WASHINGTON — Now that the European Union has struck a deal with China allowing more apparel and textile imports than under safeguard quotas, the U.S. industry is handicapping whether the Bush administration will follow the EU’s lead.
Most feel the EU’s decision to allow China more leeway is indicative of its approach to trade and politics, while the U.S.’s more steadfast strategy is reflective of American policy.
The EU and China agreed on Friday to limit the growth of Chinese apparel and textile imports in 10 categories to between 8 and 12.5 percent until the end of 2007. China agreed to safeguard quotas — if a country determined its industry was being harmed — that limit growth to 7.5 percent and are renewable annually until the end of 2008, when it joined the World Trade Organization in 2001.
Europe and the U.S. have taken different approaches to applying safeguards since the WTO stopped regulating global trade though quotas in January. The EU moved to impose quotas on just two categories, T-shirts and flax yarn, and managed relatively quickly to hammer out a deal with the Chinese; the U.S. last month imposed safeguards on $1.31 billion worth of annual imports in seven categories of goods.
“History suggests that Europe, in general, is more comfortable with what I call ‘managed trade’ than the U.S. has typically been,” said Kimberly Elliott, a research fellow at the Institute for International Economics.
Elliott also said the timing of the implementation of safeguards last month indicates they were tied to the Bush administration’s effort to get a reluctant Congress to approve the Central American Free Trade Agreement.
There is also a perception difference between the U.S. and the EU approach.
“The U.S. approach, from the Chinese perspective, seems to have been one of shoot first and ask questions later,” said Stephen Lamar, senior vice president of the American Apparel & Footwear Association, compared with the Europeans’ “let’s talk” approach.
Ultimately, the administration might do whatever gets the most traction in Congress, said Erik Autor, vice president and international trade counsel at the National Retail Federation.
“With CAFTA and trying to show they’re tough on the Chinese, maybe they get more bang for their buck on the safeguards,” he said.
Representatives of the domestic textile industry and U.S. importers said they would want better terms than the Europeans got.
“We’re not supportive of doing a deal unless it has a higher growth rate than what the European and the Chinese agreed to,” said Julia Hughes, vice president of international trade at the U.S. Association of Importers of Textiles & Apparel.
A spokesman for the American Manufacturing Trade Action Coalition, which brought petitions that led to the safeguards, said, “It looks like the Chinese did very well vis-a-vis the Europeans. Basically, we could probably do better just filing individual safeguard cases than this deal right here.”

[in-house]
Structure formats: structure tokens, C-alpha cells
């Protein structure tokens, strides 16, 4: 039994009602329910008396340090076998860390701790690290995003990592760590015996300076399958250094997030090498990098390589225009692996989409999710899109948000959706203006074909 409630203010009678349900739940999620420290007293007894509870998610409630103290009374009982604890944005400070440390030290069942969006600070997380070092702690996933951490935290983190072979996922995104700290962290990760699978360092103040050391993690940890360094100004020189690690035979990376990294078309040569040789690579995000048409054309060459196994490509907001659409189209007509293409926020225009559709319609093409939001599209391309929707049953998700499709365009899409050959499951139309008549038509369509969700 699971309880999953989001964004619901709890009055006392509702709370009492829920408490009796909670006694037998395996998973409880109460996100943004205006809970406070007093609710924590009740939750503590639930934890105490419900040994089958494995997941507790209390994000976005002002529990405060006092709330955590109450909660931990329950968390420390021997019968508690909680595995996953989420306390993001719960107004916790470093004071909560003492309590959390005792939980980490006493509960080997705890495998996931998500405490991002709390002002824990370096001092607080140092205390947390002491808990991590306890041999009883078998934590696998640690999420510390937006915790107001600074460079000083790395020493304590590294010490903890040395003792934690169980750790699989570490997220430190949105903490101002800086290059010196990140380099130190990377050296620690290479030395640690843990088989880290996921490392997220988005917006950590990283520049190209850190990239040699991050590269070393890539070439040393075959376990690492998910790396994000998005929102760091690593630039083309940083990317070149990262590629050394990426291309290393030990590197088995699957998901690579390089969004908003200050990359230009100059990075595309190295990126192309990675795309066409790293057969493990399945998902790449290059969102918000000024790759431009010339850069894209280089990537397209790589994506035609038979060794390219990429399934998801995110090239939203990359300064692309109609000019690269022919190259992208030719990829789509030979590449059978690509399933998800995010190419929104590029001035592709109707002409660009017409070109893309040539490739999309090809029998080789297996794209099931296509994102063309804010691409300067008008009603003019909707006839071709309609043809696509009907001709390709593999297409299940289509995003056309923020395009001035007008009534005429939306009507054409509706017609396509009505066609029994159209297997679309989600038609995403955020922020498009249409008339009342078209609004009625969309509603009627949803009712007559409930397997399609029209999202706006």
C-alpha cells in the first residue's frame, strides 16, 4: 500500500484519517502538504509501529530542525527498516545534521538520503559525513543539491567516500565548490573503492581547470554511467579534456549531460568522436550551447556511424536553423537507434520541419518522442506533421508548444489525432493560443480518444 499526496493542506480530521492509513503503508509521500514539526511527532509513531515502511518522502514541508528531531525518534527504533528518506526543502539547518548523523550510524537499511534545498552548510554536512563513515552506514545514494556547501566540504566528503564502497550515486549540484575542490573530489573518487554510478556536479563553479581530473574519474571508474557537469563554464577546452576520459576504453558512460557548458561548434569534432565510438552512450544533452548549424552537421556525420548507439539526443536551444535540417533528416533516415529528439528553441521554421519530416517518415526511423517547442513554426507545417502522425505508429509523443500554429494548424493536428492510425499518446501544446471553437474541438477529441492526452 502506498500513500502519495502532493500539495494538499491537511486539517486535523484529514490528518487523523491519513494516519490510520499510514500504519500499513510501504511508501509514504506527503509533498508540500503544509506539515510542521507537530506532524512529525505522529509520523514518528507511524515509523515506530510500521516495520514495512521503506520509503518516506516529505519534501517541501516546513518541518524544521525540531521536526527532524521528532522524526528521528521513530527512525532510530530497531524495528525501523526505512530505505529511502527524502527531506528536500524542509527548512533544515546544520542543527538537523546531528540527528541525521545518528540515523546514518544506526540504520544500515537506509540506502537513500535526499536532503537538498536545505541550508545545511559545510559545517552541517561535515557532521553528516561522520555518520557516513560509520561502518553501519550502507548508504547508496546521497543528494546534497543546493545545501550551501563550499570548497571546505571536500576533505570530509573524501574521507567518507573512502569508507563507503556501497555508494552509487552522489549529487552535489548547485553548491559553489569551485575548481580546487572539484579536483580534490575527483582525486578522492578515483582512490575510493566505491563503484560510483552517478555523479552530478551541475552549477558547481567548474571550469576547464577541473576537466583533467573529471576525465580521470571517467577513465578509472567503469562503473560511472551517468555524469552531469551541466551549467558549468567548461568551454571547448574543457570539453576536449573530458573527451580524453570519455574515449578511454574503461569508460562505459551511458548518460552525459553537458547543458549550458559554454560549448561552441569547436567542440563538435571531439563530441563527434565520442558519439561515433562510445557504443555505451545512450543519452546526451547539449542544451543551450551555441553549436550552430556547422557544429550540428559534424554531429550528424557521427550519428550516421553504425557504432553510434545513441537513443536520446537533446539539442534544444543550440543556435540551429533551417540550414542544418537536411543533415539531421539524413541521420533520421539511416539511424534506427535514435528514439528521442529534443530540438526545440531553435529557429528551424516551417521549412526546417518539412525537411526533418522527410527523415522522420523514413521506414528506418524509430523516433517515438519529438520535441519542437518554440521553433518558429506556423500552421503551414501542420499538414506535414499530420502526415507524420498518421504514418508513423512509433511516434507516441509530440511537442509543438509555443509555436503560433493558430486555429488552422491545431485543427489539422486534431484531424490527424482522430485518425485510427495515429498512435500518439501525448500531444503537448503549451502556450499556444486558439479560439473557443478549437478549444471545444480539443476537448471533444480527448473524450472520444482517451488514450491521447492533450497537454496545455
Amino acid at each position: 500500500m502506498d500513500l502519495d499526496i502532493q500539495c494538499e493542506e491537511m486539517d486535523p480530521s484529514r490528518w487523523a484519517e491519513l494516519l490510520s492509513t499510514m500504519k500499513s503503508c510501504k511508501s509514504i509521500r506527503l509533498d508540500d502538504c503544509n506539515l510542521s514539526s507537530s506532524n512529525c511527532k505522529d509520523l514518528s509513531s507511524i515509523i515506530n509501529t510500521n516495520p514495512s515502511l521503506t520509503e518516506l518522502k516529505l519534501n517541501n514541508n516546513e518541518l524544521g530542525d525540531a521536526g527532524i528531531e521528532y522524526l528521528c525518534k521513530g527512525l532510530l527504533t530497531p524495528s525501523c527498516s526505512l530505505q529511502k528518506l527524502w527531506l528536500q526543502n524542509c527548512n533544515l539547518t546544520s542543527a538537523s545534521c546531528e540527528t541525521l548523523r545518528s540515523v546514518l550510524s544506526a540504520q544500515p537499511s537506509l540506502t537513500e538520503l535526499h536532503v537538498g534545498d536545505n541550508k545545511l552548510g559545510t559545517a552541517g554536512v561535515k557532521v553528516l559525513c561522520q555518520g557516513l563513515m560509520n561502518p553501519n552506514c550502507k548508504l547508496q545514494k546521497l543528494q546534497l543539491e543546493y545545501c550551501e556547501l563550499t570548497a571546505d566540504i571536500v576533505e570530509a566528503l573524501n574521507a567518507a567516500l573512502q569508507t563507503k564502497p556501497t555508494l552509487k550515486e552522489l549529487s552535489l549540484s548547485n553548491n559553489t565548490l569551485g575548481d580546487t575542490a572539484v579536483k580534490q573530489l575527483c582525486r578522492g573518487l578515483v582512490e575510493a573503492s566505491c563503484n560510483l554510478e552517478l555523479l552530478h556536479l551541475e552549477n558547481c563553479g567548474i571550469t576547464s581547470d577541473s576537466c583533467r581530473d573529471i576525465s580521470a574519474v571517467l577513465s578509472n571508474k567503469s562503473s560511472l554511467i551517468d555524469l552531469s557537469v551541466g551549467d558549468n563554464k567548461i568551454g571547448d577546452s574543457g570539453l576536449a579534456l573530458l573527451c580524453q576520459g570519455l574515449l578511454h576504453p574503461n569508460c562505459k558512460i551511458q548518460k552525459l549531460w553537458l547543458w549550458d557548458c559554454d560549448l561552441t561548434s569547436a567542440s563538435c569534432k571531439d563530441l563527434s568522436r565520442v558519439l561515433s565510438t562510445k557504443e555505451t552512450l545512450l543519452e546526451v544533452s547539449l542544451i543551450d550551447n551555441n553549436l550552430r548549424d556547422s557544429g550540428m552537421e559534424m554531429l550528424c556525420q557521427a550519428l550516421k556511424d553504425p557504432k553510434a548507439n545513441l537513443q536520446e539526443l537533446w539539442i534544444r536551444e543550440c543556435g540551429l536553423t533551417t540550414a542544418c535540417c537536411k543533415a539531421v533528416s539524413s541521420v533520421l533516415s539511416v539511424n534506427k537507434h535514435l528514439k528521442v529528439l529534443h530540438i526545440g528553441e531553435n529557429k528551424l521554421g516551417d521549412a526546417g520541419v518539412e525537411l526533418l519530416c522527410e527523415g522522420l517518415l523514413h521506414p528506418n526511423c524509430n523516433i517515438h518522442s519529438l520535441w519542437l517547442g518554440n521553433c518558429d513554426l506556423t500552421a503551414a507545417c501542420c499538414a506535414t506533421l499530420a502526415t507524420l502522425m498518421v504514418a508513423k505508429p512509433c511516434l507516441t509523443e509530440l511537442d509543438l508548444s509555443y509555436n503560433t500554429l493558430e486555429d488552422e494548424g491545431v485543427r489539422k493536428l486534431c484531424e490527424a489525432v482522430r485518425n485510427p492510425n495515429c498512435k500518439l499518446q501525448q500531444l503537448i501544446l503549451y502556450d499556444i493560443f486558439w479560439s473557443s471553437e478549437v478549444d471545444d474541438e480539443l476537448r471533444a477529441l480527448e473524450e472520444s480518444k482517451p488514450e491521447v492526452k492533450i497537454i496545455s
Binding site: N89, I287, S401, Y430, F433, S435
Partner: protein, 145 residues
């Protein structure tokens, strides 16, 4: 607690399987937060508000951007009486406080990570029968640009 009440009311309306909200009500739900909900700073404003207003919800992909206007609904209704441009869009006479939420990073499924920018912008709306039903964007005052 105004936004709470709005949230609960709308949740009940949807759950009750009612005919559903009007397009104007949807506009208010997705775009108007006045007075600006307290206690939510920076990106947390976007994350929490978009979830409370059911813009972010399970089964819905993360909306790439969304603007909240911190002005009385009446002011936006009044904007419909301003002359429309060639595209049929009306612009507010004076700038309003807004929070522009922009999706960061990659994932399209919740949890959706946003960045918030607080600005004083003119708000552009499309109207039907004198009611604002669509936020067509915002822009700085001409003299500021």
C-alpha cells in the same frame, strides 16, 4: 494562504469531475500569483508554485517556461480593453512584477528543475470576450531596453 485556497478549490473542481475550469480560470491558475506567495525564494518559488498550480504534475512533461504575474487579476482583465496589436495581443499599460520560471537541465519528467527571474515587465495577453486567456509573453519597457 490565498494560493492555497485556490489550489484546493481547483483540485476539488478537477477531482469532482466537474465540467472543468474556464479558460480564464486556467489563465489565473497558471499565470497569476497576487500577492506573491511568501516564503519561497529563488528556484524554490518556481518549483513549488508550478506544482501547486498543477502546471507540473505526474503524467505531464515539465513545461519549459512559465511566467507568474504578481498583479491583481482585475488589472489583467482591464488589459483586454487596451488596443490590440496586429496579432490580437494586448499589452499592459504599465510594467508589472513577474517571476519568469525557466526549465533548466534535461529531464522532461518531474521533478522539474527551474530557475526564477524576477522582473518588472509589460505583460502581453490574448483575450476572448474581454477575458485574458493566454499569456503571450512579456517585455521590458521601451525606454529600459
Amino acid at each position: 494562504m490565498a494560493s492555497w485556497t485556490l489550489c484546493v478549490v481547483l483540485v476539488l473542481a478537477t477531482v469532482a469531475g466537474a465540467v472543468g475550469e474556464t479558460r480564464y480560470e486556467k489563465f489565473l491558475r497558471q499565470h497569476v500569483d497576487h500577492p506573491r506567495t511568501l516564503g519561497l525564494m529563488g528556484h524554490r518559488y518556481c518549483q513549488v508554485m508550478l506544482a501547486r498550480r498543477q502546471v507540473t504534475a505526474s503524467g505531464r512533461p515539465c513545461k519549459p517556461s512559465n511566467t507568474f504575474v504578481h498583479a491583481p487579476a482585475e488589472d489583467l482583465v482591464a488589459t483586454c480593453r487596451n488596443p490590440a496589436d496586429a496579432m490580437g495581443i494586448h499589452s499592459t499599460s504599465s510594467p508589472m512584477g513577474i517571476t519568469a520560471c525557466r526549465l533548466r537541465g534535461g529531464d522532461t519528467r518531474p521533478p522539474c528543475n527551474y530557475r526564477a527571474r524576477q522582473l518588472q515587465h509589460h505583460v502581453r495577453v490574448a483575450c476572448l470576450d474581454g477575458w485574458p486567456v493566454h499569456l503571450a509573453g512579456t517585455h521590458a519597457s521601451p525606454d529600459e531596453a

Missy Branson, senior vice president of the National Council of Textile Organizations, said, “There certainly seems to be an interest and a willingness to engage in such a proposal. Obviously, the devil’s in the details and we’d have to see what growth is provided for.”
In general, importers would like anything that brought more predictability to the complicated sourcing process.
“[The deal] looks like it provides the EU with continuity,” said Joe McConnell, vice president of strategic sourcing at Kellwood Co. “It gives them planned growth versus what we’ve done. We’re going to have to deal with the safeguards year to year and try to determine what categories are going to get hit.”
Safeguards, while anticipated, are a frustration for many vendors, especially since it was known for a decade that the quotas were ending.
“There is absolutely no reason why the U.S. cannot do an appropriate deal,” said Liz Claiborne Inc. senior vice president Bob Zane. “It’s been a great disappointment to me that after all this time, they’ve been unable to reach a deal.”
Meanwhile, the European political fallout from the deal began as the European Apparel & Textile Organization took issue with the accord on Monday.
Euratex President Filiep Libeert said what might appear at first sight “a good deal” for industry was less so in the light of the methodology used to calculate the volumes for the rest of 2005, 2006 and 2007. The methodology, he said, “resulted in quantities for those periods much in excess of what the industry would have wished.”
The accord struck in Shanghai is subject to approval by EU member states, but a senior EU official said Monday he was confident the pact would be approved.
Libeert said Euratex would like to underline that the “conclusion of this agreement does not in itself resolve Chinese unfair trade practices and Euratex requests that the [European] Commission and China continue to work jointly to overcome this serious difficulty.”